Sue Prideaux

Nietzsche’s thinking seems destined to be mangled and misunderstood

For Mussolini’s 60th birthday, Hitler gave him a de luxe edition of Friedrich Nietzsche’s complete works, bound in blue pigskin. After the war, writers vied to revile the philosopher. Then, in the 1960s, he suddenly became philosophy’s darling. How come? Enter two erotically entangled Italians: Georgio Colli, a philosophy teacher at Lucca from 1942, and

Roger Scruton’s swan song: salvation through Parsifal

This is Roger Scruton’s final book. Parsifal was Wagner’s final opera. Both works are intended to be taken as Last Words: testaments of belief at the end of a long spiritual journey. In the introduction, Scruton identifies the enduring problem in his life, and ours, as: ‘How to live in right relation with others, even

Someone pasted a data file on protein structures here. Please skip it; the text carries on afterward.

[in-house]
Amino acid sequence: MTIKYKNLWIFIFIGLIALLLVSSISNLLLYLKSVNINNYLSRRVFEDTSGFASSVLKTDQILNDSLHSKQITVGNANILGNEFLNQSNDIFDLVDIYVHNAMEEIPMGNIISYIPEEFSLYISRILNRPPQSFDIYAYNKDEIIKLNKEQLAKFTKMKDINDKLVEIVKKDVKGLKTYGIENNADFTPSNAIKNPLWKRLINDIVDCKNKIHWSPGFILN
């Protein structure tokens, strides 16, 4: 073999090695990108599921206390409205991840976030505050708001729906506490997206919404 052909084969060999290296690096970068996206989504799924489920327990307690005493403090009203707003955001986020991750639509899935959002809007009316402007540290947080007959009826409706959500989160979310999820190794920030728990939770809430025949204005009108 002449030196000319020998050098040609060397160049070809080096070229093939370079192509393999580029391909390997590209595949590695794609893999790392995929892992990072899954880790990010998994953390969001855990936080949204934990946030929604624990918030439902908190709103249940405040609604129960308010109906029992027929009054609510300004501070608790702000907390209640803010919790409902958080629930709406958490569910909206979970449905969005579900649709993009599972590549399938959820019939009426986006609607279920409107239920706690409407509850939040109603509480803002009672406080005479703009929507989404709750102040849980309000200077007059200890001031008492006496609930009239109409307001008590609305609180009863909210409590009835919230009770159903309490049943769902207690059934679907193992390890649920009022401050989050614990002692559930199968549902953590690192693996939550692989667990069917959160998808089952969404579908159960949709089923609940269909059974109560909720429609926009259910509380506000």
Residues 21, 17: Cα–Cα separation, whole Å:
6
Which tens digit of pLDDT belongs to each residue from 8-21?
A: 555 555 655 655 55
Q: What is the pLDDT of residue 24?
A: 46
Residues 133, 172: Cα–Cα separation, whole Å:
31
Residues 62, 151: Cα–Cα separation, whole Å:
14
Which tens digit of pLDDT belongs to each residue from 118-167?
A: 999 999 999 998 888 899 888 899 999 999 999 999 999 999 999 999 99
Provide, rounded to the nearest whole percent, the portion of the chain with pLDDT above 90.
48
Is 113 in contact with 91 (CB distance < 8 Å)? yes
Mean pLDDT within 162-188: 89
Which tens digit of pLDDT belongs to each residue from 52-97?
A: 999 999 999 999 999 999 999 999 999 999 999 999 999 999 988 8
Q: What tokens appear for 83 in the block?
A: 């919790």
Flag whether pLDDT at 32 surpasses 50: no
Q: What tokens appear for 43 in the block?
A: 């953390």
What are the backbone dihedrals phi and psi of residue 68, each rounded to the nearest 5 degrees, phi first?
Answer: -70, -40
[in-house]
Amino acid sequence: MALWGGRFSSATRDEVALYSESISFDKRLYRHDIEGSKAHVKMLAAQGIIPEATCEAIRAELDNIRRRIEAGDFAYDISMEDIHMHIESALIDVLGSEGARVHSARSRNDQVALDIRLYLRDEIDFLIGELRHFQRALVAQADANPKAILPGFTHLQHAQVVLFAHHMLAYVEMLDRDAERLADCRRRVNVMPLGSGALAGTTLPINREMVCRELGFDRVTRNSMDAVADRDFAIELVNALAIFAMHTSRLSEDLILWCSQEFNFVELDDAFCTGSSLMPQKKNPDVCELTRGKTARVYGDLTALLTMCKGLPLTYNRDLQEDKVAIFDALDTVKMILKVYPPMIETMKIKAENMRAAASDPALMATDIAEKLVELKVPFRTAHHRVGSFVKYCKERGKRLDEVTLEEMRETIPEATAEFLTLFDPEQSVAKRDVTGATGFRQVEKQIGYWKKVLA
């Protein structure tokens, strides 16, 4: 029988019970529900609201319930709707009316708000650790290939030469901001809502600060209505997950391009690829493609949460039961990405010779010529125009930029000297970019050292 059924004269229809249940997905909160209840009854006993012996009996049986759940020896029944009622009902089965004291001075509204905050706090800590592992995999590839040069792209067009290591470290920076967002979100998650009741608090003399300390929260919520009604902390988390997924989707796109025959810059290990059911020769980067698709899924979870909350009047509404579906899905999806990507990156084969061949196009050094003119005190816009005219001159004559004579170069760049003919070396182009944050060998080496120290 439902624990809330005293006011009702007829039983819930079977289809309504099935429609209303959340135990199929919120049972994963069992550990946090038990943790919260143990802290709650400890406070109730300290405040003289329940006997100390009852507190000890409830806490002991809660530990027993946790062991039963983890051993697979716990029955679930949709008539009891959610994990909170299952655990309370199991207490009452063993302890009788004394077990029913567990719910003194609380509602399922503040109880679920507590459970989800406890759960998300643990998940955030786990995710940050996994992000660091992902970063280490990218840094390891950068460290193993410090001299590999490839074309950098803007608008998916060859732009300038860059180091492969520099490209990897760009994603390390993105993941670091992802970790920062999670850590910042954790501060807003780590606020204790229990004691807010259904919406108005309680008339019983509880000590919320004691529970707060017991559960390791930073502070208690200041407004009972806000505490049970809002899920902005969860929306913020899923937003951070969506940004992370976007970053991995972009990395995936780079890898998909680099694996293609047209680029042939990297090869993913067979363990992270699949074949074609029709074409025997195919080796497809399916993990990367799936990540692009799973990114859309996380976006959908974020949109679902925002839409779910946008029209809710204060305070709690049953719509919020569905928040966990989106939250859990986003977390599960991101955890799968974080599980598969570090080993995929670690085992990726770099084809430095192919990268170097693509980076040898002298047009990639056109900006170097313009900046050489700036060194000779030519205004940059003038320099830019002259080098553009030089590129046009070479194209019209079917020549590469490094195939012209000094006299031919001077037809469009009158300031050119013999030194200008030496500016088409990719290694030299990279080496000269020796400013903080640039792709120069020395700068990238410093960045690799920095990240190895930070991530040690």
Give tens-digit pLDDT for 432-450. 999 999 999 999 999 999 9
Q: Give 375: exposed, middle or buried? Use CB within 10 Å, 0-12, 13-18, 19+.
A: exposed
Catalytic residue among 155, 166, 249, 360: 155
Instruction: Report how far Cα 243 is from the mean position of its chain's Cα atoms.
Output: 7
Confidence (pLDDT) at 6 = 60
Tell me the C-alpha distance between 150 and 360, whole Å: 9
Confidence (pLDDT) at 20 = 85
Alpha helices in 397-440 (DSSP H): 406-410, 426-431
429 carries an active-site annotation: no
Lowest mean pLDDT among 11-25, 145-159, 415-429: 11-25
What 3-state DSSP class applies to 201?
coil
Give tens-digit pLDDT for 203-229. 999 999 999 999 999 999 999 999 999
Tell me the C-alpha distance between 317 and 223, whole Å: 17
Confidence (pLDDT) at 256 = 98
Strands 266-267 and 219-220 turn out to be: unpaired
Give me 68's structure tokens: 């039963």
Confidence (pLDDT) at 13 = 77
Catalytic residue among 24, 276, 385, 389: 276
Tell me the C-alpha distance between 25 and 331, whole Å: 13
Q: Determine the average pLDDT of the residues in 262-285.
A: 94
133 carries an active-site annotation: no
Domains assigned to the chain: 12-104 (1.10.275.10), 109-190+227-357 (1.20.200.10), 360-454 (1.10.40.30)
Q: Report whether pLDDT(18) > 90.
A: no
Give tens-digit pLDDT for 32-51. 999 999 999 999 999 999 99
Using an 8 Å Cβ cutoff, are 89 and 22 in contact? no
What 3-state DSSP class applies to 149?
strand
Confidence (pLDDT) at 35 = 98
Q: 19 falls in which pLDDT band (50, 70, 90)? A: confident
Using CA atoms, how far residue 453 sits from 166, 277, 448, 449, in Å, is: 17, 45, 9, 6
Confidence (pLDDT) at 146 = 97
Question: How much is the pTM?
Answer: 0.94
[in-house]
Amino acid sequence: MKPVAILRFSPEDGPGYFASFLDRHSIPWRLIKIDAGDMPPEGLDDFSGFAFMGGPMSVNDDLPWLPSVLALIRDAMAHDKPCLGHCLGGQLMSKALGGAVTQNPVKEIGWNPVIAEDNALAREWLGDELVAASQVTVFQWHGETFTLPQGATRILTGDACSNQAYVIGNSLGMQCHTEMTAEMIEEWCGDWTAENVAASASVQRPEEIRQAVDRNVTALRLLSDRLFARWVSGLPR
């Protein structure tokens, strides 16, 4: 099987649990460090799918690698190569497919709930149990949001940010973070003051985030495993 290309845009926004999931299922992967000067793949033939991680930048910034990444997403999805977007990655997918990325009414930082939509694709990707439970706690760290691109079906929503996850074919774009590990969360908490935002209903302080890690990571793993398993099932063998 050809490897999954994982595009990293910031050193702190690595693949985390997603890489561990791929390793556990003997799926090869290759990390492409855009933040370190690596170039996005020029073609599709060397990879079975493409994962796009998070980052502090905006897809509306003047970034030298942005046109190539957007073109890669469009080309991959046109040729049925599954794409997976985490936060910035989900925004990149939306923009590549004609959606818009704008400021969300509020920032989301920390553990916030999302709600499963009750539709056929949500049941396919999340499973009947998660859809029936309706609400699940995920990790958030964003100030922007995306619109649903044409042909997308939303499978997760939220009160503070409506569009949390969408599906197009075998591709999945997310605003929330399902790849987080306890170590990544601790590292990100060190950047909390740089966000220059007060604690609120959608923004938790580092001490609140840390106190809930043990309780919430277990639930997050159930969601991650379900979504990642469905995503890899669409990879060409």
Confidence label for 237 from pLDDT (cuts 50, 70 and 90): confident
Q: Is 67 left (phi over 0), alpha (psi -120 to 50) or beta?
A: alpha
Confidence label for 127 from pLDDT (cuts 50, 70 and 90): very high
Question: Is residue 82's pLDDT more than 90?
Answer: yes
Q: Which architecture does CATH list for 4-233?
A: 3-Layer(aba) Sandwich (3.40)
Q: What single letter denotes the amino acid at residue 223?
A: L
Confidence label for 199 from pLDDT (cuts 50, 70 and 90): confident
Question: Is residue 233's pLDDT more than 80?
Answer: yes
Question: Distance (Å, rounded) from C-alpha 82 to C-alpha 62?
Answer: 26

A struggle not to scream

Norway doesn’t have a world-class philosopher (Kierkegaard was Danish). Karl Ove Knausgaard declared at the end of his previous book that he is no longer a writer, and it looks as though he’s moving in to fill that space. A very modern space: a selfie space. Nietzsche observed that all philosophy is autobiography, and Knausgaard

The Redeemer

The political trigger for the Ring was the 1849 Dresden uprising, when the young freedom fighter Richard Wagner financed the hand grenades and debated ethics with his co-revolutionary Bakunin. According to Bernard Shaw, the Russian stood model for Siegfried, the Ring’s hero who would overthrow the old order and install a new realm of personal